When you hear of a "company town," it's a term usually meaning a factory, oil company, or coal mine that employs just about everyone in the community. But in Texas the reference to "company" can just as easily refer to a big ranching operation. Taft, a Tropical Trails town in South Texas, owes much of its existence to the Coleman-Fulton Pasture Company, an enterprise fully engaged in cattle raising, farming, and shipping—specifically shipping cattle by boat from company wharves—during the late 1800s and early 1900s. The Coleman-Fulton partnership ended with Fulton's financial problems when the controls were handed over to his primary lender David Sinton. After Sinton's death, the holdings transferred to his daughter Anna Sinton-Taft, wife of Charles P. Taft, the communities namesake who renamed the enterprise the Taft Ranch.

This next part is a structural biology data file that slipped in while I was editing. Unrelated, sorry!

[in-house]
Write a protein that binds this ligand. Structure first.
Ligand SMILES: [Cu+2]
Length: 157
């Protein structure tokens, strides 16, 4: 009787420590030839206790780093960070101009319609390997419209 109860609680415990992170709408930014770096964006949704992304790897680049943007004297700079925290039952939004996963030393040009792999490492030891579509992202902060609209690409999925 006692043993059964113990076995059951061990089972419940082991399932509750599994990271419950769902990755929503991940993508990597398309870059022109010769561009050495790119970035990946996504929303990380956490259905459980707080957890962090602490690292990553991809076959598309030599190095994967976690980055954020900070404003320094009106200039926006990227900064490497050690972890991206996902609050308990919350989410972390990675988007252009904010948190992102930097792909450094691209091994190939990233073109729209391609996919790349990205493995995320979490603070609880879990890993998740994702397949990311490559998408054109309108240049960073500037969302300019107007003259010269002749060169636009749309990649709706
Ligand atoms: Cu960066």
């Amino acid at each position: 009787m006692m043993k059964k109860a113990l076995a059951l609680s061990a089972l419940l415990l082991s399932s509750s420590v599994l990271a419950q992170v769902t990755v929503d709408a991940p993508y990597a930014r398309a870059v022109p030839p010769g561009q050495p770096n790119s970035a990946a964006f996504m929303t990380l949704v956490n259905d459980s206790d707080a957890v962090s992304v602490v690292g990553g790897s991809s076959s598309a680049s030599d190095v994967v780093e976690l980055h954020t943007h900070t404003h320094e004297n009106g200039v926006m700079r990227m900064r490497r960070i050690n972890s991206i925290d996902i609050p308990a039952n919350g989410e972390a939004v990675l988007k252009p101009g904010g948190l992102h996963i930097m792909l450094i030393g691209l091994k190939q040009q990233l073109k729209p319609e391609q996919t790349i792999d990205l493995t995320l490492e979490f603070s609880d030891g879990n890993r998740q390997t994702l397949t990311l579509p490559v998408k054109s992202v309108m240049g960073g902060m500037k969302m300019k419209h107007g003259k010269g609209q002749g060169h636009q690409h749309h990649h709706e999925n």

Taft's Blackland Museum, housed in Coleman-Fulton's final headquarters, tells the full story in exhibits—some interactive—that capture the history and heritage of Taft and its benefactors. In the company's heyday, the Blackland Museum building, a handsome red brick, two-story construction built in 1923, housed two banks—the company bank on one end and one in private hands on the other—with a drug store and a barber shop in between. The second floor held the company offices. As "company towns" go, Taft, a pleasant rural ranching and farming community located in a balmy coastal region of the state, offered ranch employees a brief and pleasant commute to work. In other words, no sitting in the saddle for hours waiting for the left turn arrow to turn green.